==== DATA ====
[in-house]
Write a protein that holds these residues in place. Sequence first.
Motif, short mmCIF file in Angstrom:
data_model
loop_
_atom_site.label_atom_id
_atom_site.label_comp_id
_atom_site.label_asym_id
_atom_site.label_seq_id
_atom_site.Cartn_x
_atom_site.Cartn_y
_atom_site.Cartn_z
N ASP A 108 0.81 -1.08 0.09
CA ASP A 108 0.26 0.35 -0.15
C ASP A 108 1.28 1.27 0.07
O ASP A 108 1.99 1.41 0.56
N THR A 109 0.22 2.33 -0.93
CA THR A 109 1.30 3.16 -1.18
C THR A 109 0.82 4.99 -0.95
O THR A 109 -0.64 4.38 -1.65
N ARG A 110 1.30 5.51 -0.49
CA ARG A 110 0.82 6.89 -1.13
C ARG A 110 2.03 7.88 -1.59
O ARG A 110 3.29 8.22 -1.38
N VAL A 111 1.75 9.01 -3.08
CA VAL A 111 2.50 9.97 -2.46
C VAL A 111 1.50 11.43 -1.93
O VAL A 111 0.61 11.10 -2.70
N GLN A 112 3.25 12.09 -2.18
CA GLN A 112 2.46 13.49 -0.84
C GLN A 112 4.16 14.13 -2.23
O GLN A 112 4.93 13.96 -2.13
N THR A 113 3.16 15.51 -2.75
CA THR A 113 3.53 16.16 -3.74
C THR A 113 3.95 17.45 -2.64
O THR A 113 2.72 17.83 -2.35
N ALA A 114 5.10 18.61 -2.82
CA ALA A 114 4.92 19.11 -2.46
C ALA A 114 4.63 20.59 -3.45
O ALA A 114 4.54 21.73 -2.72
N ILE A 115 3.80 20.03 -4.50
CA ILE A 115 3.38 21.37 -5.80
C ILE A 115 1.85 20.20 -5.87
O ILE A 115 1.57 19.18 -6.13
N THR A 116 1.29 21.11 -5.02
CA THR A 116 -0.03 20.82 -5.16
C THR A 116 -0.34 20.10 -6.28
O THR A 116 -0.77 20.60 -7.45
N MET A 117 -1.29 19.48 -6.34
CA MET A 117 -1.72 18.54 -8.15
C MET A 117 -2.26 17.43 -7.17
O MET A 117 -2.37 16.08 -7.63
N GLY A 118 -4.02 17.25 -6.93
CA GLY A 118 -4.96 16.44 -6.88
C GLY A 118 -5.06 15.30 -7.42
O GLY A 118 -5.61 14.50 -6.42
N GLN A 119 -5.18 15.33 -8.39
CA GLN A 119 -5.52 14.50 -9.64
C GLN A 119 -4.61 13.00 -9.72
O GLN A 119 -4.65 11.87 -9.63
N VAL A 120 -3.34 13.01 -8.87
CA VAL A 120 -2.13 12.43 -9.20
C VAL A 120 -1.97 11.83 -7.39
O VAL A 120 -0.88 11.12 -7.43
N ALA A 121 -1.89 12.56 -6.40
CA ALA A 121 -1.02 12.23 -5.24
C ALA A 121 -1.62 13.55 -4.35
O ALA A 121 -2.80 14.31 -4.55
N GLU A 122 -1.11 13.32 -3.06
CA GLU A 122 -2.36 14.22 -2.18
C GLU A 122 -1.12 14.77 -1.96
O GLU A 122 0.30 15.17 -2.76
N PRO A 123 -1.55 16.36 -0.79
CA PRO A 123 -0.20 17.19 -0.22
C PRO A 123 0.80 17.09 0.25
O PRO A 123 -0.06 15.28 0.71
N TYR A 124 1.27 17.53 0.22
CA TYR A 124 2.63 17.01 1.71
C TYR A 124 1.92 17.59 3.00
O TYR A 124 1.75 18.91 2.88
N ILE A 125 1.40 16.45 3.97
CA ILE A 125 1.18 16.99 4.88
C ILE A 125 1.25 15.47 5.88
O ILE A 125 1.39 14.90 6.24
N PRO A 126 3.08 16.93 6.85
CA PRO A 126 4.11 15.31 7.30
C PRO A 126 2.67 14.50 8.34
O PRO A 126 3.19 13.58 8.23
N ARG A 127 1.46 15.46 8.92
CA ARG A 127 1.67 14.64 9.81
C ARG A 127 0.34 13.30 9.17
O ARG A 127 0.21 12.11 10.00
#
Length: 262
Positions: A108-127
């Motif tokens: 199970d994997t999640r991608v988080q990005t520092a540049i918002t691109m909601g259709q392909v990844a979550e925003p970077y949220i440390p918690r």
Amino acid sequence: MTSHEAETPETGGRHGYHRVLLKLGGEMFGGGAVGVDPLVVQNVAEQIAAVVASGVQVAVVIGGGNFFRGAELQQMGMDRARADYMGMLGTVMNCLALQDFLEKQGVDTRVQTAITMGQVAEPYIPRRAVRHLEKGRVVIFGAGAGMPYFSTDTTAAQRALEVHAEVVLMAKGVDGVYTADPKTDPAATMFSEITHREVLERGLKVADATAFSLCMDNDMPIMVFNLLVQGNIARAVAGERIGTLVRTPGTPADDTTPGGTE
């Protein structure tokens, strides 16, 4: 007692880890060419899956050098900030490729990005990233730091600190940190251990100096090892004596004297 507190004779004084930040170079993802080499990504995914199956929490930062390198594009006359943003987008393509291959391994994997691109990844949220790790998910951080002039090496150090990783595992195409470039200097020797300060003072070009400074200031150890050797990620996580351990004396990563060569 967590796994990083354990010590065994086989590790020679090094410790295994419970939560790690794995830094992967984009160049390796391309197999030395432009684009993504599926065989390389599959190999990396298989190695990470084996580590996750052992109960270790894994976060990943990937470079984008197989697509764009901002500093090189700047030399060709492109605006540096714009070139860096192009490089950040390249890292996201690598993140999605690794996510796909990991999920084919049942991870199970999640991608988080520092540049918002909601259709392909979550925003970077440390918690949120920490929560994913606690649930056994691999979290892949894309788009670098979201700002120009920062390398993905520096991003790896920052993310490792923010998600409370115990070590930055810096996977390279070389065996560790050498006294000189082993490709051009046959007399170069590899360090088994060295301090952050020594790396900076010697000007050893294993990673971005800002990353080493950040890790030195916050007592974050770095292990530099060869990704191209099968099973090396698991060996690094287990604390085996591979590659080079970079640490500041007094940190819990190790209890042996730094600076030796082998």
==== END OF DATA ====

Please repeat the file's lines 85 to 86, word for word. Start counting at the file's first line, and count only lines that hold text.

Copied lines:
N PRO A 126 3.08 16.93 6.85
CA PRO A 126 4.11 15.31 7.30